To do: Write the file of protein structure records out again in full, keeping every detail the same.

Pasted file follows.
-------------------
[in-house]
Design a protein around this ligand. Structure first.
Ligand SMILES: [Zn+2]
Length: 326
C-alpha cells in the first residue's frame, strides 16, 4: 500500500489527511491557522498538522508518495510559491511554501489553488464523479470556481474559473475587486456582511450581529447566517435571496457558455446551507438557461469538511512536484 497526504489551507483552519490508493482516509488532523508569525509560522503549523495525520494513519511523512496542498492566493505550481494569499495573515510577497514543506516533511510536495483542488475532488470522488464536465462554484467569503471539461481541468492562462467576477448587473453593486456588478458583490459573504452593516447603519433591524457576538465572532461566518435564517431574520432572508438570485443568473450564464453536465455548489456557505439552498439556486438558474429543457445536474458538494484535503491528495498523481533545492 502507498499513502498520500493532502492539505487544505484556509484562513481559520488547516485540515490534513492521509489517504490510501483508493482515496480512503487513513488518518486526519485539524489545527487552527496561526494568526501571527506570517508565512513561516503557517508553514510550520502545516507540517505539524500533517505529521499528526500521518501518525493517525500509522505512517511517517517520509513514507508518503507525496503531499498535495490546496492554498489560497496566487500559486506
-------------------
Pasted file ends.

[in-house]
Design a protein around this ligand. Structure first.
Ligand SMILES: [Zn+2]
Length: 326
C-alpha cells in the first residue's frame, strides 16, 4: 500500500489527511491557522498538522508518495510559491511554501489553488464523479470556481474559473475587486456582511450581529447566517435571496457558455446551507438557461469538511512536484 497526504489551507483552519490508493482516509488532523508569525509560522503549523495525520494513519511523512496542498492566493505550481494569499495573515510577497514543506516533511510536495483542488475532488470522488464536465462554484467569503471539461481541468492562462467576477448587473453593486456588478458583490459573504452593516447603519433591524457576538465572532461566518435564517431574520432572508438570485443568473450564464453536465455548489456557505439552498439556486438558474429543457445536474458538494484535503491528495498523481533545492 502507498499513502498520500493532502492539505487544505484556509484562513481559520488547516485540515490534513492521509489517504490510501483508493482515496480512503487513513488518518486526519485539524489545527487552527496561526494568526501571527506570517508565512513561516503557517508553514510550520502545516507540517505539524500533517505529521499528526500521518501518525493517525500509522505512517511517517517520509513514507508518503507525496503531499498535495490546496492554498489560497496566487500559486506